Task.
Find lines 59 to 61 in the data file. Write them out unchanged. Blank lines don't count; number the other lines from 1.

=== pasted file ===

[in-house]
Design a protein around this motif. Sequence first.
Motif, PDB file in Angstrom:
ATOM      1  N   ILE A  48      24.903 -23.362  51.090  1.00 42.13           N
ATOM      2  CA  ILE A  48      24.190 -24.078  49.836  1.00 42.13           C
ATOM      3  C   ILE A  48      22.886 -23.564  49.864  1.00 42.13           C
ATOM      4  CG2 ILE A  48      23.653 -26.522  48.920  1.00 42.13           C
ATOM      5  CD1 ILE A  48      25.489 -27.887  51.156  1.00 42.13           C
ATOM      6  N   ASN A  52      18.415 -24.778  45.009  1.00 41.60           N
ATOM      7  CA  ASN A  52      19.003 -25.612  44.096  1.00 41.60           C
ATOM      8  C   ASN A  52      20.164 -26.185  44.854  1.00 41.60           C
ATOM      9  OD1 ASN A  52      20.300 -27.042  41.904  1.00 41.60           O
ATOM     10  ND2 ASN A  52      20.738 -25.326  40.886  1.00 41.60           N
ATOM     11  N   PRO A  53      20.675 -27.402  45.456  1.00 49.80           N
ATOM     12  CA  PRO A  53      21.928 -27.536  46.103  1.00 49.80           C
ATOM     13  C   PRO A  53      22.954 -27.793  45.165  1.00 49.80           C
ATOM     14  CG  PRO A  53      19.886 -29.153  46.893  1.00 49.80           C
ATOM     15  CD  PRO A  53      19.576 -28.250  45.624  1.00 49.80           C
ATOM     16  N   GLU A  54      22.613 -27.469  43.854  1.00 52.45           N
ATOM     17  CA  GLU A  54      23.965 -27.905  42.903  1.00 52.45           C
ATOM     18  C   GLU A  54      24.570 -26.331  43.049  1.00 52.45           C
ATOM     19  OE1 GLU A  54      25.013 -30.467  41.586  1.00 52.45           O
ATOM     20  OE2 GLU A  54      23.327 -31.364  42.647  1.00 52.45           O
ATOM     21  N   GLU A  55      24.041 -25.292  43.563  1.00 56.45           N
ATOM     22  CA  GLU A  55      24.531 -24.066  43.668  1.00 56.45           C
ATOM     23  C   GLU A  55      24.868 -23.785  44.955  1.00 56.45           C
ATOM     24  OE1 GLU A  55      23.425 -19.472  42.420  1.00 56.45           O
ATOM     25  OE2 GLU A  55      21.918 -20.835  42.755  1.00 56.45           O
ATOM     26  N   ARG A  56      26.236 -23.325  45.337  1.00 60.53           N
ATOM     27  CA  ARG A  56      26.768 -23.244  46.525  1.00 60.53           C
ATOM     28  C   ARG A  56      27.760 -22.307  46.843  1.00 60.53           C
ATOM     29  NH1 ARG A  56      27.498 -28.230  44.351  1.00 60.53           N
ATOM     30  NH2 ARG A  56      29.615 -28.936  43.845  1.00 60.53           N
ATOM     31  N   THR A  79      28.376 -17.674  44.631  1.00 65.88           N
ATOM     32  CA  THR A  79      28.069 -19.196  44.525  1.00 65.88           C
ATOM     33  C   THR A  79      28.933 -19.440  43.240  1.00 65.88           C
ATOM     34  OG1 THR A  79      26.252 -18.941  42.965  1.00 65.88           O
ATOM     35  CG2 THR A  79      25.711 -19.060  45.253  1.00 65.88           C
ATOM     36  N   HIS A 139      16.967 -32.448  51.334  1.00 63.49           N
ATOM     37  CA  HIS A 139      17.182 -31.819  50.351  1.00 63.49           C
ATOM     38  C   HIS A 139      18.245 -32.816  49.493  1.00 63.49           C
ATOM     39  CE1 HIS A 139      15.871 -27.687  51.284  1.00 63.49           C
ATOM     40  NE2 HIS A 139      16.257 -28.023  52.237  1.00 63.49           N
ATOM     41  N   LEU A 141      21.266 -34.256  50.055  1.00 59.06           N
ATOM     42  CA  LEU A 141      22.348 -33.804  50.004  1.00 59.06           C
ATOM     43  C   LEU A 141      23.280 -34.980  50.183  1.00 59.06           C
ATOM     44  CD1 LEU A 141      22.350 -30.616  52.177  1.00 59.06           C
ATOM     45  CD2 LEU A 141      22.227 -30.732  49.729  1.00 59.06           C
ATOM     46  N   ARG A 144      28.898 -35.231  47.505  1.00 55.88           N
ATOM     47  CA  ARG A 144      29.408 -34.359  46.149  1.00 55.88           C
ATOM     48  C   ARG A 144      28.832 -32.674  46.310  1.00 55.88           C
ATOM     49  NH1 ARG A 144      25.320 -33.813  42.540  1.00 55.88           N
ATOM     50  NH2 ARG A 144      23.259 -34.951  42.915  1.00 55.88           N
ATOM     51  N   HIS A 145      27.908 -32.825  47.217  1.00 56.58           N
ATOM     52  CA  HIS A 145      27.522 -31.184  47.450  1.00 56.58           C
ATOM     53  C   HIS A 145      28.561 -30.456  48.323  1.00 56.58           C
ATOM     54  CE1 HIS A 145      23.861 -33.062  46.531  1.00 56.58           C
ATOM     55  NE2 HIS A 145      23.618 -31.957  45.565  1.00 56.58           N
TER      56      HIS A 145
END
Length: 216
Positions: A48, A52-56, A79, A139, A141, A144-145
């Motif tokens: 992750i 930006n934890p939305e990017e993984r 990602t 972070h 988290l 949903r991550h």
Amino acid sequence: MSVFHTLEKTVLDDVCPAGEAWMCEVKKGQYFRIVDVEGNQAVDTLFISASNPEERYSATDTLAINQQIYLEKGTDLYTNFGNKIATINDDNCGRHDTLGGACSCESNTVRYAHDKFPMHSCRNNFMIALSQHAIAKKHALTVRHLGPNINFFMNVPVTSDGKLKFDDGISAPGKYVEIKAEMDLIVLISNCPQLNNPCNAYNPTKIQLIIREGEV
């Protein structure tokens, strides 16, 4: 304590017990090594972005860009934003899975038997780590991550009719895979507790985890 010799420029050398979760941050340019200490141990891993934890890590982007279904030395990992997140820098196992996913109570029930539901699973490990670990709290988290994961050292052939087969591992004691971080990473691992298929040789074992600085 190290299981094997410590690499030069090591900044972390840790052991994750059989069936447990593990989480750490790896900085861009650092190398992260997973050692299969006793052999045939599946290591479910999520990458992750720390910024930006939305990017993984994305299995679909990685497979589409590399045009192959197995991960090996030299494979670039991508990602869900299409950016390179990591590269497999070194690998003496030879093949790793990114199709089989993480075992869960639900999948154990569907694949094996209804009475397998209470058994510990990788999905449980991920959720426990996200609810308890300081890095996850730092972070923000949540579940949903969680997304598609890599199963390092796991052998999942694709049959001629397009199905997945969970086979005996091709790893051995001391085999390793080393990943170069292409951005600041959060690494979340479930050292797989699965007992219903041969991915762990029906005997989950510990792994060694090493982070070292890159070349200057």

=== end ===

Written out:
TER      56      HIS A 145
END
Length: 216